July 17, 2020
Italy’s Supreme Court recognizes beneficial ownership of a Luxembourg sub-holding in light of CJEU Danish Cases
Italy’s Supreme Court (the Court), in decision n. 14756 of 10 July 2020, relied on the principles adopted by the Court of Justice of the European Union (CJEU) on the Danish Cases1 to clarify certain prerequisites for the application of the withholding tax (WHT) exemption under Directive 2003/49/EC (Interest and Royalty Directive or IRD) and established the conditions for a foreign sub-holding to meet the beneficial owner (BO) status.
In the case brought before the Court, the Italian Tax Authorities (ITA) challenged the application of the WHT exemption under the IRD2 on interest paid by an Italian company to its Luxembourg parent, a sub-holding with financial and treasury functions (HoldCo). The interest related to a loan connected with a merger leverage buy out (MLBO) transaction involving the acquisition of an Italian and a Swedish target.
The ITA argued that HoldCo could not be considered as the BO of the Italian income since, under a back-to-back financial scheme, it passed on the interest, shortly after, to another group entity by retaining a very low margin (0.125%). According to the ITA, these facts resulted in the qualification of HoldCo as a mere conduit.
The Court rejected the arguments of the ITA and confirmed the decision of the Tax Court of Appeals that had recognized HoldCo as the BO of the income, thus entitled to the IRD WHT exemption.
The Court relied, for the first time, on the principles expressed in the mentioned CJEU Danish Cases according to which the notion of BO for IRD purposes resembles that of Article 11 of the Organisation for Economic Co-operation and Development (OECD) Model Tax Convention. On such basis, the Court confirmed that HoldCo qualified as the BO since it had the right to use and enjoy the Italian source income with no contractual or legal obligation to pass on the said proceeds to another entity.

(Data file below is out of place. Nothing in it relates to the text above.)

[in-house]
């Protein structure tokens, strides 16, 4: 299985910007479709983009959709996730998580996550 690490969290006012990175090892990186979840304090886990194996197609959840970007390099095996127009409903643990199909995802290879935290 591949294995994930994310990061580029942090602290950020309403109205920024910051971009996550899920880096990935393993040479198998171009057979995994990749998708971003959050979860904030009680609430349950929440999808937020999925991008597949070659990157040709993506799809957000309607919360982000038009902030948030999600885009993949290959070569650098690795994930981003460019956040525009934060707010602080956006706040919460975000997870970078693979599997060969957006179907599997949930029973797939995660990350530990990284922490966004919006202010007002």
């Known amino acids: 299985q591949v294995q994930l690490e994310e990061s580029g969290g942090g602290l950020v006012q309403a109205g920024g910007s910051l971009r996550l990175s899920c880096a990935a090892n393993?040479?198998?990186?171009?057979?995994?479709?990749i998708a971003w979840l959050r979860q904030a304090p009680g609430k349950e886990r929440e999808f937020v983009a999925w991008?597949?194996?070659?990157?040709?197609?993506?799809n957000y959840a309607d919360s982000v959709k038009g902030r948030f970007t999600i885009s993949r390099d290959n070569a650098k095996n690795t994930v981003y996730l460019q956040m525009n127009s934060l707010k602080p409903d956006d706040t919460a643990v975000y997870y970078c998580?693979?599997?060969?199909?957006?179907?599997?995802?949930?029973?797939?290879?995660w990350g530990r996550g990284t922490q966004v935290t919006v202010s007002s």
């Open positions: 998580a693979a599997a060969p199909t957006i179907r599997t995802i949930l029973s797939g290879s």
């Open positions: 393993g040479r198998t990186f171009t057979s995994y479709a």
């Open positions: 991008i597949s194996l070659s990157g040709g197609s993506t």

Regarding the existence of tax abuse, the Court confirmed its approach (Case n. 27112 of 28 December 2016) to not automatically consider a foreign holding company as an entity lacking economic substance. Considering the specific nature and activities of a holding company, a “light” assets structure is not at odds with the market standards. The key point is instead to verify whether it makes independent management decisions, especially with regards to the income received.
In the instant case, the Court stated that no tax abuse could be assessed in connection with the Italian payments since HoldCo performed financial and treasury functions for the group (and not for the Italian subsidiary only), eventually retaining adequate profits. In this respect, the Court specified that the functions performed by HoldCo should be evaluated globally, not only by focusing on the Italian flow but by considering all the agreements concluded with other group entities and its broader function in the management of group financial flows including its key role in the mentioned MLBO transaction.
1. See EY Global Tax Alert, CJEU rules on application of Danish withholding tax on dividends and interest payments, dated 26 February 2019.
2. The IRD has been implemented in Italy through Article 26-quater of Presidential Decree 29 September 1973, n. 600.
For additional information with respect to this Alert, please contact the following:
Studio Legale Tributario, International Tax and Transaction Services, Milan
Studio Legale Tributario, International Tax and Transaction Services, Rome
Studio Legale Tributario, International Tax and Transaction Services, Bologna
Ernst & Young LLP (United Kingdom), Italian Tax Desk, London
Ernst & Young LLP (United States), Italian Tax Desk, New York